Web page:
Every so often, I look up the books that I’ve ghostwritten. It’s a very strange experience, but sometimes it’s just really nice to see that I do, in fact, have something published out there. Maybe it’s only half mine, or maybe it’s completely mine, and maybe legally it isn’t mine at all, but at least I can look at it and think, “I accomplished something.” Even if no one will ever know it.
It really can be an awesome experience – but it’s also sort of sad. It makes me feel bad, because I can’t share with anyone what I’ve done. There is no excitement with my friends over book covers and release dates or anything else for that matter. All of which is only a small, small portion of writing. But sometimes, it’s an important one.
Yes, it’s awesome that I have finished something.
Yes, it is awesome to see it floating out there in the world.
Yes, it is awesome that I can honestly say that I’ve done, more or less, what I’ve set out to do.
But it’s also heartbreaking to know that I can’t claim it as mine. And it makes me want to ask, “Why do you guys need a GHOSTWRITER? Why can’t you just hire me and I can be your author?”
Wouldn’t that make more sense? Wouldn’t that be awesome?
Ah, but there are logistic issues with that. I’m a ghostwriter – not a writer-writer – because I need the money up front. You (meaning: client) are hiring a ghostwriter so that you do not have to pay royalties and can set up a fast write and release scheme that will (hopefully) earn you more money and your author more followers.
So are we saying that in the end my life’s dream is all tied up in money?
Yeah, pretty much.
It’s a sad, pathetic thing, but if you’re hoping to be an author and make money, you’re probably dreaming. You can be an editor and make money. You can be a publisher and make money. But you can’t be an *author* and make money.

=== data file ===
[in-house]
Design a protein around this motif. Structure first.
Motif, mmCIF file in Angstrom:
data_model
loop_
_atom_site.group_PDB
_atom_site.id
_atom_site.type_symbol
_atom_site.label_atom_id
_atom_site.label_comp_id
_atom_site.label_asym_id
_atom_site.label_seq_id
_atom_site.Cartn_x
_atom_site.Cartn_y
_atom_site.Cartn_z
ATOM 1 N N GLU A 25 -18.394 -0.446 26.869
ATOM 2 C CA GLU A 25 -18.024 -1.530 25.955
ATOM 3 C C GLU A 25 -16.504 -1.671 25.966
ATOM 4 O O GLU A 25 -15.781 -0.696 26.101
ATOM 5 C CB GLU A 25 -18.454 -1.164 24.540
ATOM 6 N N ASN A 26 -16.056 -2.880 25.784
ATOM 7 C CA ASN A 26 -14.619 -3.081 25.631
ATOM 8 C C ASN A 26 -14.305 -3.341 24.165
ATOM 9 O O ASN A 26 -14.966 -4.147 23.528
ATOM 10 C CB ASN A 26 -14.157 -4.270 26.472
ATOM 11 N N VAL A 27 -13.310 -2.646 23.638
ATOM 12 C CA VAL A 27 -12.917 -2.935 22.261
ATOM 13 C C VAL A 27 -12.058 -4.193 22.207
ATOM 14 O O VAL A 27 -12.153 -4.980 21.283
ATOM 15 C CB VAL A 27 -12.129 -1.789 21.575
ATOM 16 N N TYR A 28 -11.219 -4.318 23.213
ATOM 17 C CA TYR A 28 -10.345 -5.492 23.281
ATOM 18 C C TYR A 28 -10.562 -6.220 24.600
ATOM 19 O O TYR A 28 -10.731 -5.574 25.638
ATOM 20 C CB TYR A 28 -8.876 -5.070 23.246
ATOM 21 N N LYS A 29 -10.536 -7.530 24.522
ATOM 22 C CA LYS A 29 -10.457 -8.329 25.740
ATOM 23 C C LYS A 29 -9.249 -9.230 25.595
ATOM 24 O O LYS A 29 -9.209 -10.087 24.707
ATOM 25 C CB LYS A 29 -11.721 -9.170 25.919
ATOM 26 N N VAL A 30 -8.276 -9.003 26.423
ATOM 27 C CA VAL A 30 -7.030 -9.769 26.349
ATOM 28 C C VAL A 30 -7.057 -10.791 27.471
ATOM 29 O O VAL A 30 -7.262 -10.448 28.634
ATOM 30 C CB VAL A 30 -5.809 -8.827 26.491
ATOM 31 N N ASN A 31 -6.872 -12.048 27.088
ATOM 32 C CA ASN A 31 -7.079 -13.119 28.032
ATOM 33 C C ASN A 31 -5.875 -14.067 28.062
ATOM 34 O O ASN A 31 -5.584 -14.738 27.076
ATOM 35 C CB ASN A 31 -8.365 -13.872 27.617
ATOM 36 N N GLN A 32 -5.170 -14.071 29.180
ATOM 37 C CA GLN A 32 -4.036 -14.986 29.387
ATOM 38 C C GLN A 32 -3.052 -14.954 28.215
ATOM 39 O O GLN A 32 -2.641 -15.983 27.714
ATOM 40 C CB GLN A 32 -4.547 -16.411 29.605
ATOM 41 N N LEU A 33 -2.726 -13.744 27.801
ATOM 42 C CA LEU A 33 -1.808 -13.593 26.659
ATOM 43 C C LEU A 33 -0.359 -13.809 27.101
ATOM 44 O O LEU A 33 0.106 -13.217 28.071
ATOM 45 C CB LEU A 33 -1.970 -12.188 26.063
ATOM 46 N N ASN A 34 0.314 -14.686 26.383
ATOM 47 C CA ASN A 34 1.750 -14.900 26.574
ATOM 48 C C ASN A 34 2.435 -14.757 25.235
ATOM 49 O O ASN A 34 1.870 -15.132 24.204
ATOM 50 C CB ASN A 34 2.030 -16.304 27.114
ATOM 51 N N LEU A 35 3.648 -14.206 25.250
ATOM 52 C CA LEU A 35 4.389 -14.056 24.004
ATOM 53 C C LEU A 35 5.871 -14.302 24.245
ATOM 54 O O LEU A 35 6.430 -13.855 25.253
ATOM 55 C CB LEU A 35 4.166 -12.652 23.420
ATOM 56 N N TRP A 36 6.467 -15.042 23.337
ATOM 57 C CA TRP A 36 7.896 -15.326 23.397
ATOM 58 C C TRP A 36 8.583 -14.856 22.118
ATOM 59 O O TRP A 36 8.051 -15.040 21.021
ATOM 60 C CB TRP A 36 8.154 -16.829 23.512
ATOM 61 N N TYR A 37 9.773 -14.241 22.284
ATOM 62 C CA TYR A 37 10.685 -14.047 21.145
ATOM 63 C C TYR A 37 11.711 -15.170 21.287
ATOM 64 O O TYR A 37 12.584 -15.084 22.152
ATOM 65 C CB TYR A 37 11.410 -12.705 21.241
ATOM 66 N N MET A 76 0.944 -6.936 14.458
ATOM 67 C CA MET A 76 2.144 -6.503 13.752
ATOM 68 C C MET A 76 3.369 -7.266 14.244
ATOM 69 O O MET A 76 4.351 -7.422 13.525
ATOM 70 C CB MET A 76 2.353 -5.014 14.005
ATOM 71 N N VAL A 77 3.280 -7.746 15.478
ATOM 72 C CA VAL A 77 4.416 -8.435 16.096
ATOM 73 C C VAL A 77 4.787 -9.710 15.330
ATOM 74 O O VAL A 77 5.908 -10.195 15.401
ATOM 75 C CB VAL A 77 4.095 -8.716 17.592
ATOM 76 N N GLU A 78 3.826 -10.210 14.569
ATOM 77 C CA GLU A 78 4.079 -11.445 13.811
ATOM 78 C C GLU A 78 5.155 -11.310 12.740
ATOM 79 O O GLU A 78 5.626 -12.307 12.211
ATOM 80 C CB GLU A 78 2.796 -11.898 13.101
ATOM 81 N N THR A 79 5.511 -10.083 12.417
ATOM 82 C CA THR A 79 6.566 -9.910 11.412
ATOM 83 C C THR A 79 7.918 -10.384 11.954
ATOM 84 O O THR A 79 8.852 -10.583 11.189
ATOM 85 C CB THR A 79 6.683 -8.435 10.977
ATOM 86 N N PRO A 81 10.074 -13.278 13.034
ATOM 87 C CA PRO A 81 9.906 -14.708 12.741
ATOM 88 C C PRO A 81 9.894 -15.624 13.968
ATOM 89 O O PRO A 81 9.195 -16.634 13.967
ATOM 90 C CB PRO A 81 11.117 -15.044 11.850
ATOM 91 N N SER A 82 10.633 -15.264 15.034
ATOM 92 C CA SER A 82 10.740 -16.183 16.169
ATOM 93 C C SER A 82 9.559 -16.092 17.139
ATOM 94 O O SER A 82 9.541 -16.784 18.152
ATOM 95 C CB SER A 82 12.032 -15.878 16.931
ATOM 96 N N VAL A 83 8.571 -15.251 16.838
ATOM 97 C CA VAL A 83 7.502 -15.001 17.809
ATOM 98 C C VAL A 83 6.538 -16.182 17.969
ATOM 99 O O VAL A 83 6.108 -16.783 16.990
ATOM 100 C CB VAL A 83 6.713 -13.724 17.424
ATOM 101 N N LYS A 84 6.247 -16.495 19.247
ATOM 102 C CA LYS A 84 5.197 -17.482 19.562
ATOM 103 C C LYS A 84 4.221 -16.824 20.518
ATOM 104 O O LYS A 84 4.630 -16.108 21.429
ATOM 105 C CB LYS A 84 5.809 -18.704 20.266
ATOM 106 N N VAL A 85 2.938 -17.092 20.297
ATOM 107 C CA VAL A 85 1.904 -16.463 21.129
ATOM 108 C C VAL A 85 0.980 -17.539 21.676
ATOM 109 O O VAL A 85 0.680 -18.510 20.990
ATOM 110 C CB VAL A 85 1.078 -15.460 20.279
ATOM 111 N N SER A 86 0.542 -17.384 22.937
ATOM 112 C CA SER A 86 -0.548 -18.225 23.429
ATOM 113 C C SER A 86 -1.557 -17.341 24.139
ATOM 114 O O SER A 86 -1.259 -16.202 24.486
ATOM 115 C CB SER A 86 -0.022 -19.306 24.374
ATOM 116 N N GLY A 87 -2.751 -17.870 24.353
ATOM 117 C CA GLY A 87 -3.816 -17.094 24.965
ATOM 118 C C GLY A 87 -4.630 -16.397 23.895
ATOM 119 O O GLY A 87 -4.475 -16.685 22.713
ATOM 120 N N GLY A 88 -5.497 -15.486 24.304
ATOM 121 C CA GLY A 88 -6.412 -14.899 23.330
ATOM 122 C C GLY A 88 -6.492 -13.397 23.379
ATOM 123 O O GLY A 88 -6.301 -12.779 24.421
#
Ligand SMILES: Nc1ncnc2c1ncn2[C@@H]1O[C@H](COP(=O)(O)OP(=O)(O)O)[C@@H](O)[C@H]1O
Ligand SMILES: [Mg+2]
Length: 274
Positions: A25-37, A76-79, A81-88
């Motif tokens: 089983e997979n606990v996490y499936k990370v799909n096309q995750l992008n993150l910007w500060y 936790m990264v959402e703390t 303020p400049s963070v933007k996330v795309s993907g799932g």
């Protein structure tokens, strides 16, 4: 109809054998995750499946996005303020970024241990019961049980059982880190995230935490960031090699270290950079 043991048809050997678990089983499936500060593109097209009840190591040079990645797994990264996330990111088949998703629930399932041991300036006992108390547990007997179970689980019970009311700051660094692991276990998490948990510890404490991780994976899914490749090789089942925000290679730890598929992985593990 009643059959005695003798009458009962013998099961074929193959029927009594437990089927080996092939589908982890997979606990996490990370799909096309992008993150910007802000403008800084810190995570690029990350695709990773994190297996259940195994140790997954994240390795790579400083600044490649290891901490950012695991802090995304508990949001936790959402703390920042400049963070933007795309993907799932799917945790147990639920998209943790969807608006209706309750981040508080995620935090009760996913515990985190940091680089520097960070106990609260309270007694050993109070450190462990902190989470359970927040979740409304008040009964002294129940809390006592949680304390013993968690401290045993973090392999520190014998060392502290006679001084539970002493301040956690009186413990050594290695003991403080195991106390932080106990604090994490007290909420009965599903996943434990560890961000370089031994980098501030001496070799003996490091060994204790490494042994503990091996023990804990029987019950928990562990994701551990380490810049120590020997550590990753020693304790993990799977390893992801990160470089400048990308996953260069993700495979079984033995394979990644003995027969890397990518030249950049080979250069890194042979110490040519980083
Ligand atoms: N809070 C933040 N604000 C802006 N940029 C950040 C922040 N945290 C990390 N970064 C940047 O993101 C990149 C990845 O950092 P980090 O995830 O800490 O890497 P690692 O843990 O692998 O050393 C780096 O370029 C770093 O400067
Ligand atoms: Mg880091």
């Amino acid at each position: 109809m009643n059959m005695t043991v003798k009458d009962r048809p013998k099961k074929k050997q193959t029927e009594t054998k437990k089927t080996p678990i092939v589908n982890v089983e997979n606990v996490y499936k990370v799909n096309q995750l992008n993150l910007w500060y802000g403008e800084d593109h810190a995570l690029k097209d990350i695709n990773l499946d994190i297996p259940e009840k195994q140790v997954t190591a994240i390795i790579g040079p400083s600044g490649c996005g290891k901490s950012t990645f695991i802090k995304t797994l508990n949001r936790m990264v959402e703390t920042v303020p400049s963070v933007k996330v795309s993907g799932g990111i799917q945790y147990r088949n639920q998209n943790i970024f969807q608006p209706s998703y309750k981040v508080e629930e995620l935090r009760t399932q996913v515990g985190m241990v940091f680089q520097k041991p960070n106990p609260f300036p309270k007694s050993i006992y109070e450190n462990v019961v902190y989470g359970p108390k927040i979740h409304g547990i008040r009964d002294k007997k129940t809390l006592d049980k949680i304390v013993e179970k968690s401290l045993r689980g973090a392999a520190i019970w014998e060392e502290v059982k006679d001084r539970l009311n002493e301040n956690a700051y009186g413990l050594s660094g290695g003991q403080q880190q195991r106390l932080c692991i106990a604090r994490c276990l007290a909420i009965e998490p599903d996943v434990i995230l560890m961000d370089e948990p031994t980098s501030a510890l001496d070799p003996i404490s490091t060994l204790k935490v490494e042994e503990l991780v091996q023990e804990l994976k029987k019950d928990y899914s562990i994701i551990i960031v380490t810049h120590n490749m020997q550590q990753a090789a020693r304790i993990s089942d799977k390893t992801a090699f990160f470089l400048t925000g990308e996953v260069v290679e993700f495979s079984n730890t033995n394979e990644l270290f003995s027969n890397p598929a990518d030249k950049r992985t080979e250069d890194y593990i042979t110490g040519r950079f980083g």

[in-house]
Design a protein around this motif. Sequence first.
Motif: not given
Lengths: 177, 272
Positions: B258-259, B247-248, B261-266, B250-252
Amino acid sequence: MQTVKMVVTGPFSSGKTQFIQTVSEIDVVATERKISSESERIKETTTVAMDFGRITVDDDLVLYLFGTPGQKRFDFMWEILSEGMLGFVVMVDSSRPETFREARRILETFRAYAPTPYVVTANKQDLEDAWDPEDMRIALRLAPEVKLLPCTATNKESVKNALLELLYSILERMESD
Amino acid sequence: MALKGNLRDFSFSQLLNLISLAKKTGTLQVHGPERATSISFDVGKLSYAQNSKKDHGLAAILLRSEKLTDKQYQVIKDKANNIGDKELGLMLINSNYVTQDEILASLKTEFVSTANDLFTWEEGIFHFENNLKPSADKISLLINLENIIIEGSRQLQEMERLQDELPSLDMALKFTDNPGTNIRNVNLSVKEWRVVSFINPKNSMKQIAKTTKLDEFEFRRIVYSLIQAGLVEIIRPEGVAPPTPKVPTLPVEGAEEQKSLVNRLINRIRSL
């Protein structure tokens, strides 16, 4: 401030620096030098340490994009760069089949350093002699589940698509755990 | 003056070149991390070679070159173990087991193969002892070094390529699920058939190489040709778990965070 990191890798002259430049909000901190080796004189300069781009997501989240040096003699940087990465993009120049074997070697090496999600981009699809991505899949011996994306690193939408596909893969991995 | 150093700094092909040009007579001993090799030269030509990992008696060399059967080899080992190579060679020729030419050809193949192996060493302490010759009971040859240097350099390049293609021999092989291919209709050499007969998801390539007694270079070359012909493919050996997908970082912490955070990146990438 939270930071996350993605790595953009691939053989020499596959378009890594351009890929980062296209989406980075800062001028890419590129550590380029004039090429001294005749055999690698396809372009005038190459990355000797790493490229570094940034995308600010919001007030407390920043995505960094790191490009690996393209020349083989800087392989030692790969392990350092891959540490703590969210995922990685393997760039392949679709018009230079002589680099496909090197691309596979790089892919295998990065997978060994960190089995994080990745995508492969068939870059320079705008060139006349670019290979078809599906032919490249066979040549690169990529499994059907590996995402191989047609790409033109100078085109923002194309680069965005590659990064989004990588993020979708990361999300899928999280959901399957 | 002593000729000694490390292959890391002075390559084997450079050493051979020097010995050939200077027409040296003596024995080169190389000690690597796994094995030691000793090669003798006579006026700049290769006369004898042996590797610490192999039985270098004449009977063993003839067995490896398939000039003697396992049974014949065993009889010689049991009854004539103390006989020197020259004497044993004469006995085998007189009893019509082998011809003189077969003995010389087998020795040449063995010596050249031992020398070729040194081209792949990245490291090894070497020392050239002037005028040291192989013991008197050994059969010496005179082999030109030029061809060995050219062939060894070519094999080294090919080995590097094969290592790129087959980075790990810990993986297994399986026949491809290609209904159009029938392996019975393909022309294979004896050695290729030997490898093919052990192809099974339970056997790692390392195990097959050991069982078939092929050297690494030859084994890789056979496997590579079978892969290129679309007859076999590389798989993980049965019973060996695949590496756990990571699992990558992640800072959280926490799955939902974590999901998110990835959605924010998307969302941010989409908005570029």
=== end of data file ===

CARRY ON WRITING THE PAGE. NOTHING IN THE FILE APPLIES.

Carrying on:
If you’re looking to do that, you’re probably going to do it my way. Ghostwriting. Yes, there are those out there who have made it big. Cassandra Clare, J.K. Rowling, Veronica Roth, Suzanne Collins, etc. etc. But they are the exceptions, not the rule. And do you know how many times Rowling was turned down before she was picked up by a publisher? Some ridiculous number. I think it was around 10 or so times. And do you know what she was doing while they were turning her down? Probably starving, or close to it. Because you make money for working and if writing is your work, then you’re probably not making a lot of money.
It’s the sad truth, folks, but few and far between are wealthy – or even breaking even – as authors.
My recommendation? Make sure that your significant other can and is willing to support you as you endeavor to reach your dreams of writing. Because you’re probably not going to make it without a little help.
Sorry guys. I really didn’t mean to be so bleak about all of this, but I can’t help feeling sometimes that I’m just being drug through the mud so that someone else looks spotless holding my trophy. (Exaggerated, but feelings so often are.)
All of this started because I went and looked at my most recent project to see if it had been published yet. (It has this month.) I saw how pretty the cover was and I felt utterly depressed to see the name of the author on it.
I’ll have to remember for next time that I cannot be trusted to look up my own work.
Ultimately, I’d like to say that I understand this is part of my job. I know what I’m getting into and I signed up for it, but sometimes it’s hard to remember why I do this. (Then I’m broke like I am this month and I TOTALLY remember again. It’s nice to have money.)
What do you guys think? Do you think ghostwriting is maybe a little unethical – or totally valid and okay so long as the client pays the ghostwriter accordingly? Do you have any personal experience with ghostwriting or these feelings? Am I just being moody (probably; sometimes my hormones just like to have a little party)?
Let me know in the comments below!